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I am currently using the following queries to return all features that intersect a large and complex polygon. I initially tried to use a single ST_Intersect query but because the number of features it is searching through is over 400 million this took a significant amount of time (+24hrs).

So I now start by using a bounding box query to drop the number of features that the second query (the ST_Intersects one) uses.

However, I think this is extremely verbose way of doing this, but I cannot figure out a better or quicker way.

Can anyone think of a more efficient way?

thanks

PS Extra Information

Windows 2008 Server 64-bit Postgis 2.0 64-bit PostGIS is configuration settings are tweaked using the wiki advice. All geometries have GiST indexes.

CREATE TABLE temp_lines AS SELECT lines.* FROM lines,counties WHERE lines.wkb_geometry && counties.geom AND counties.name = 'County';
COMMIT;
CREATE INDEX temp_lines_idx ON temp_lines USING GIST(wkb_geometry);
COMMIT;
CREATE TABLE new_lines AS SELECT temp_lines.* FROM temp_lines, counties WHERE      ST_Intersects(counties.geom, temp_lines.wkb_geometry) AND counties.name = 'County';
COMMIT;
DROP TABLE IF EXISTS temp_lines;

CREATE INDEX lines_idx ON new_lines USING GIST (wkb_geometry);
COMMIT;

EDIT

After Paul's comment I went back and re-tried some of my earlier queries.

This first one took well over 24hrs

CREATE TABLE new_lines AS SELECT * FROM lines WHERE ST_Intersects((SELECT geom FROM counties WHERE name = 'County'), lines.wkb_geometry);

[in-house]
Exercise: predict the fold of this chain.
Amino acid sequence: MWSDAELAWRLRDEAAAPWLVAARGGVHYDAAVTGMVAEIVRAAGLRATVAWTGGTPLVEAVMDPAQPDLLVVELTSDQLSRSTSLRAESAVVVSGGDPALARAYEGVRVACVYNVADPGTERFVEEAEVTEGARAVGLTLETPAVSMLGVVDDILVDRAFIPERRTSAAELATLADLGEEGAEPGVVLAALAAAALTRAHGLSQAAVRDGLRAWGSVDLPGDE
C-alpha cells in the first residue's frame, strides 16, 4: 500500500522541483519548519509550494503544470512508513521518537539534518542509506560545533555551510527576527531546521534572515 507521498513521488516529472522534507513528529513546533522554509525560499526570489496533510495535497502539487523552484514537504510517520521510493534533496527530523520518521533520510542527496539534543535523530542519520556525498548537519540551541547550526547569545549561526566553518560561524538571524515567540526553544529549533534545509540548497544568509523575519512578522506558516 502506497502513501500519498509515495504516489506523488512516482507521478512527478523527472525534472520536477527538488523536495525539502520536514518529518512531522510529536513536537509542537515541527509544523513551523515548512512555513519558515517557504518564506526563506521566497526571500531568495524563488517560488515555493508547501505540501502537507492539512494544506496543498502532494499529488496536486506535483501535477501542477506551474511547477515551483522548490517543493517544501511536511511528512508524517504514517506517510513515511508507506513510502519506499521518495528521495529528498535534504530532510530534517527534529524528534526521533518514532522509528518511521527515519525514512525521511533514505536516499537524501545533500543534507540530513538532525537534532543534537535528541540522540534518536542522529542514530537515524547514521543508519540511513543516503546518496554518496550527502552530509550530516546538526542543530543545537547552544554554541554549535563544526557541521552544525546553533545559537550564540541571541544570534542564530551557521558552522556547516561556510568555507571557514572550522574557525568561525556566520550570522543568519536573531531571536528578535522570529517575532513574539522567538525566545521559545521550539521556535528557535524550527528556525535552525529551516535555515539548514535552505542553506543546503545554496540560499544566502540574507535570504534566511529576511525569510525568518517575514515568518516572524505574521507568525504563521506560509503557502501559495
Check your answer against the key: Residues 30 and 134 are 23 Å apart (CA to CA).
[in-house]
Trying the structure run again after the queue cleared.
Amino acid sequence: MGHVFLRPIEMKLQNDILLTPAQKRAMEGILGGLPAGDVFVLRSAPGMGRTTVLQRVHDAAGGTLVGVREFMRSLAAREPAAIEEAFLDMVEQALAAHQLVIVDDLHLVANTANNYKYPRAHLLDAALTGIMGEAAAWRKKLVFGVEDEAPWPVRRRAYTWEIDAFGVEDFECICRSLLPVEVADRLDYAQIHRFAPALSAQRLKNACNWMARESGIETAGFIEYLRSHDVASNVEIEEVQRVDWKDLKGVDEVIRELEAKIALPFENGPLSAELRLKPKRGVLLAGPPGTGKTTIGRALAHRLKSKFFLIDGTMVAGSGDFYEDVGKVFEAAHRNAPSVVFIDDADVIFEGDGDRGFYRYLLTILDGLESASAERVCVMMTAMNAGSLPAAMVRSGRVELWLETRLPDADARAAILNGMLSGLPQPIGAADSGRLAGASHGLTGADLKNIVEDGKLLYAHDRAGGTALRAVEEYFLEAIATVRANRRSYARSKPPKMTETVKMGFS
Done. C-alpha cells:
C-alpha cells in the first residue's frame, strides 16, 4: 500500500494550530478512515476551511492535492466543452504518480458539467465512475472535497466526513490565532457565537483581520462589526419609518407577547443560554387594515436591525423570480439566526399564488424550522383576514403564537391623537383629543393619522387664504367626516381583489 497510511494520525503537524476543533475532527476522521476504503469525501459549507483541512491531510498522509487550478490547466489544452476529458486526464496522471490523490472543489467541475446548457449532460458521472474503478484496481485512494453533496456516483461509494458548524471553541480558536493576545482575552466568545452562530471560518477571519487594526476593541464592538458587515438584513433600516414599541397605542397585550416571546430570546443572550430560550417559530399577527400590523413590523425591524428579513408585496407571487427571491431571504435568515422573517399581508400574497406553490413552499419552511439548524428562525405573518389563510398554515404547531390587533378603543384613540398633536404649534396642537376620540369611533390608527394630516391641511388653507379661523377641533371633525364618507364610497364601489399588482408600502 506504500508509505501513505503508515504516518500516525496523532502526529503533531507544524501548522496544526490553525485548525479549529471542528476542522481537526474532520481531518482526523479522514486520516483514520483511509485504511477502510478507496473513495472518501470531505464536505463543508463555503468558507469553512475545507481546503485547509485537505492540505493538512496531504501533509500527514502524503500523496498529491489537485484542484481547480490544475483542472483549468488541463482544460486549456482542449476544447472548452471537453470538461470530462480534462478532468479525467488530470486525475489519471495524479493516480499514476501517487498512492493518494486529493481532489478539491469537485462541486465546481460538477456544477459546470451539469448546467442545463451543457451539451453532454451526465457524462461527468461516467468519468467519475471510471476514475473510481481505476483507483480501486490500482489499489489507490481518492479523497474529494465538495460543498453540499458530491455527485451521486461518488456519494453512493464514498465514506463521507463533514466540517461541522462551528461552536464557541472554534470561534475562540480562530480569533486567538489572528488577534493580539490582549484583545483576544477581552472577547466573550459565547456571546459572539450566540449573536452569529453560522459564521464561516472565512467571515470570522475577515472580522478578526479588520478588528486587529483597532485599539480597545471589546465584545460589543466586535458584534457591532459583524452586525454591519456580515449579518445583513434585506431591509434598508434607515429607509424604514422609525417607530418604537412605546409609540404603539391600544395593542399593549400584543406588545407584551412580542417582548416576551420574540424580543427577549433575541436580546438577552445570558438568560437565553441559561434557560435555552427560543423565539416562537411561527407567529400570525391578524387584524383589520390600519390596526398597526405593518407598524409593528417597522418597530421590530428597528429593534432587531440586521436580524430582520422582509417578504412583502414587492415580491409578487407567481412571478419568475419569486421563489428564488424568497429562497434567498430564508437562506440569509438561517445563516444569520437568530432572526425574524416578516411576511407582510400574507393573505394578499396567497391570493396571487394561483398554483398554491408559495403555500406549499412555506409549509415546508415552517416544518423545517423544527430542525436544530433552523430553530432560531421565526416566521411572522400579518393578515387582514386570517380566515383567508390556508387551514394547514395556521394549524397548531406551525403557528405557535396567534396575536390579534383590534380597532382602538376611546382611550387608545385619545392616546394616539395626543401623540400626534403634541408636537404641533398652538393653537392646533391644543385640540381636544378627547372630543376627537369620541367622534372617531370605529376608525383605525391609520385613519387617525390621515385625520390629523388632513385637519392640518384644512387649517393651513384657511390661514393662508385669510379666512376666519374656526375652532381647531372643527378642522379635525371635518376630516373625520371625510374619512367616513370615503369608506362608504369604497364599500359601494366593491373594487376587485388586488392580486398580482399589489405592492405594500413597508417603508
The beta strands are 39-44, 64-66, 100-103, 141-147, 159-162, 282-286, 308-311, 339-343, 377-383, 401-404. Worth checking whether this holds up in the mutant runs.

Then I found the following post http://revenant.ca/www/postgis/workshop/indexing.html

and I changed my query to this

CREATE TABLE new_lines AS SELECT lines.* FROM lines, counties WHERE ST_Intersects(counties.geom, lines.wkb_geometry) AND counties.name = 'County';

This took a matter of hours.

Not sure why there is such a difference as I thought my first query was the most efficient?

share|improve this question
    
The ST_Intersects() function includes an && test within it, so there's no reason this multi-step approach should be any faster then a straight tests against ST_Intersects() to start with. –  Paul Ramsey Apr 17 '13 at 19:06
    
Hi Paul - thanks for your response. I thought that would have been the case but my initial query took so long I thought it was not using the &&. I have edited my initial question to show the two queries –  tjmgis Apr 18 '13 at 9:48
    
the first is a subquery which is being evaluated after the st_intesects starts. at the second query you first limit the rows to specific attribute –  nickves Apr 18 '13 at 12:30
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